The Texas Animal Health Commission (TAHC) recently released an update on "pigeon fever," otherwise known as dry-land distemper
or dry-land strangles, in response to an increase in calls and questions about the disease. "Pigeon fever," which causes abscesses
and swelling in a horse's pectoral region, is caused by the bacteria Corynebacterium pseudotuberculosis. The disease is most
commonly seen in dry areas of the western United States but can be found in other parts of the country as well if conditions
With Texas experiencing its most expensive drought in history in 2011, the number of "pigeon fever" cases rose substantially
last year, the TAHC says. The Texas Veterinary Medical Diagnostic Laboratory obtained more than 350 positive cultures for
the disease-causing bacteria in 2011 compared with fewer than 100 cases each year from 2005 to 2010. Additionally, the Veterinary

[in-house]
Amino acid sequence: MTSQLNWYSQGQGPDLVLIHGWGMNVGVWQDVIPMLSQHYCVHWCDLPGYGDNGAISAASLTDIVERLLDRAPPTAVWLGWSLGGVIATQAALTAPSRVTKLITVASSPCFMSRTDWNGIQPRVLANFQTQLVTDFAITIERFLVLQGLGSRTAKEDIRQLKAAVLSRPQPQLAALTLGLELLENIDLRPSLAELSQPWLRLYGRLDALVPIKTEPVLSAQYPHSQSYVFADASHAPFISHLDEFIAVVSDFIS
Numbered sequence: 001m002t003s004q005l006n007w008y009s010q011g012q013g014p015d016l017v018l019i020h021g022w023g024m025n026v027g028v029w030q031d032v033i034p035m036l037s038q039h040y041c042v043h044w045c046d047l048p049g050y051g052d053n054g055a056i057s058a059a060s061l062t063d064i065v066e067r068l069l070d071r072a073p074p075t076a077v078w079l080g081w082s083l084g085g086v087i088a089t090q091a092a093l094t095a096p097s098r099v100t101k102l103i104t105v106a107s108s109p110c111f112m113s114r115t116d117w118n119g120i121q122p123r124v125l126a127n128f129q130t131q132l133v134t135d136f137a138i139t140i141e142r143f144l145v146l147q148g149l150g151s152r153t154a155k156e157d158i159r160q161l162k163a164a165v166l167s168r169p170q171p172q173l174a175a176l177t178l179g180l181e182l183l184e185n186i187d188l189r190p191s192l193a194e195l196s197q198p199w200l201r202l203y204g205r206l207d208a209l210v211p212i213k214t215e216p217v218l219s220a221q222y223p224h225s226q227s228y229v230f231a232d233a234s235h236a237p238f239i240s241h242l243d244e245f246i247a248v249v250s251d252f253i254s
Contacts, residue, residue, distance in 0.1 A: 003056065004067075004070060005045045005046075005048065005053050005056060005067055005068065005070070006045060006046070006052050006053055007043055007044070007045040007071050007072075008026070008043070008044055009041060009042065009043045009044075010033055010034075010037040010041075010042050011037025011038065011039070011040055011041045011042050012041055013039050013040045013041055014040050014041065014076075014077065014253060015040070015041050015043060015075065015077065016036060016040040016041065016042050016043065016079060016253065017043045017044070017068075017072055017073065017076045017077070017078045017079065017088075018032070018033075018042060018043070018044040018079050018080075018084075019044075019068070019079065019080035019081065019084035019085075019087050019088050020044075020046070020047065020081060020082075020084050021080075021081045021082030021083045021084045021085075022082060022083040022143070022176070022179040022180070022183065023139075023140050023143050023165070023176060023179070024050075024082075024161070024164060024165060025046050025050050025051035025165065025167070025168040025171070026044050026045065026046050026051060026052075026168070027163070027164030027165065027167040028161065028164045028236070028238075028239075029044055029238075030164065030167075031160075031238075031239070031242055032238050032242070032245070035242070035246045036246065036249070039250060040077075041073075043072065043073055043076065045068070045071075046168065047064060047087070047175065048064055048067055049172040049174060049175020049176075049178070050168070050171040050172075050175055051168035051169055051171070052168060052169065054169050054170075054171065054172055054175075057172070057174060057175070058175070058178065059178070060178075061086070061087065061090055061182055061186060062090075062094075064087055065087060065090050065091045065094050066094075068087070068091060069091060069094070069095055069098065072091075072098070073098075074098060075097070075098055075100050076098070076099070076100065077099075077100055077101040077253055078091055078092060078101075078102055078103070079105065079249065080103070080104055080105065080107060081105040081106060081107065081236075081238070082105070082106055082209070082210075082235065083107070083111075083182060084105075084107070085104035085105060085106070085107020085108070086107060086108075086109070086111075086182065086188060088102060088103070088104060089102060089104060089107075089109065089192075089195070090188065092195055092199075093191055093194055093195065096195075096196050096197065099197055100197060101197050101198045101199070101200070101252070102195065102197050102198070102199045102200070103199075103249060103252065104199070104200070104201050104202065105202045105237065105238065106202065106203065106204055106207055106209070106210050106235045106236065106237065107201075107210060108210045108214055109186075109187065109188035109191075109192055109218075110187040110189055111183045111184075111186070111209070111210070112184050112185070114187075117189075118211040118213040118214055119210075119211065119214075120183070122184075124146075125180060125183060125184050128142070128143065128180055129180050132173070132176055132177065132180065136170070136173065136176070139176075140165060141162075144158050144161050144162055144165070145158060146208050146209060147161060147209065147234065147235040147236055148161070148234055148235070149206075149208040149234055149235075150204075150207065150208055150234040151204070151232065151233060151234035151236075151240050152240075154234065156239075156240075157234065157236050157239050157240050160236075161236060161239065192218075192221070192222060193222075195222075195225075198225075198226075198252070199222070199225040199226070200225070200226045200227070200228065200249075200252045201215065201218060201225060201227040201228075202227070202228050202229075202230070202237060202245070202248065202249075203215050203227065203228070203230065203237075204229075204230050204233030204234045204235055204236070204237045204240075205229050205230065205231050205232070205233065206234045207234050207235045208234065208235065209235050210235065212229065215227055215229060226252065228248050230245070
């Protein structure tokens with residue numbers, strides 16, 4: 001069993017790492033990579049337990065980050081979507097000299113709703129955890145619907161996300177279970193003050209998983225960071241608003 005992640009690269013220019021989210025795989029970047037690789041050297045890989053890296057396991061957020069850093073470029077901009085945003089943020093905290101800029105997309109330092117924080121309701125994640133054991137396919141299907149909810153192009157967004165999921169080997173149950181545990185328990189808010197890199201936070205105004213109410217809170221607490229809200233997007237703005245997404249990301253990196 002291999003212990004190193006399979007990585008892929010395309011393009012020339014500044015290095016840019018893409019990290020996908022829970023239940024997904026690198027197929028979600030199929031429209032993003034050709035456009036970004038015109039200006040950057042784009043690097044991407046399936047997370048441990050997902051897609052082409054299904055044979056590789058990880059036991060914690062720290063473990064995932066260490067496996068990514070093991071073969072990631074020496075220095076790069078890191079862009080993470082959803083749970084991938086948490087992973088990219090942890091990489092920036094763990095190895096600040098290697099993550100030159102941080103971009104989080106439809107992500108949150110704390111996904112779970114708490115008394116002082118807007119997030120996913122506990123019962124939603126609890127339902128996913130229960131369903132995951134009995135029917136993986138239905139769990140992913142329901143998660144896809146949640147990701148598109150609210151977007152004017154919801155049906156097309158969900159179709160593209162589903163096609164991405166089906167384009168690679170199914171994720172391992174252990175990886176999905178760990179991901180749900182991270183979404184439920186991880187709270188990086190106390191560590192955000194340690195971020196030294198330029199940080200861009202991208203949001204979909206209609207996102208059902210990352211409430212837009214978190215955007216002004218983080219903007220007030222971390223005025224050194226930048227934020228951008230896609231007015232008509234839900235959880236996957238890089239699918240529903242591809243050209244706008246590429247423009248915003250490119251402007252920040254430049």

Medical Teaching Hospital at Texas A&M diagnosed more than four times as many cases in 2011 compared with 2010.
The outbreak of cases last year has been attributed to the fact that C. pseudotuberculosis thrives in dry soil. Flies carry the disease and are crucial to transmission, says the TAHC, so fly control is critical to
disease prevention. The TAHC also states that basic sanitation is of paramount importance in reducing the spread of disease
and recommends that horse owners and veterinarians take measures to isolate affected horses and dispose of abscess drainage
properly. Any visible wounds should be treated promptly, as they can quickly become contaminated with flies and dirt. Because
of the infectious nature of this disease, the TAHC is encouraging horse owners to call their veterinarian immediately at the
first sign of illness.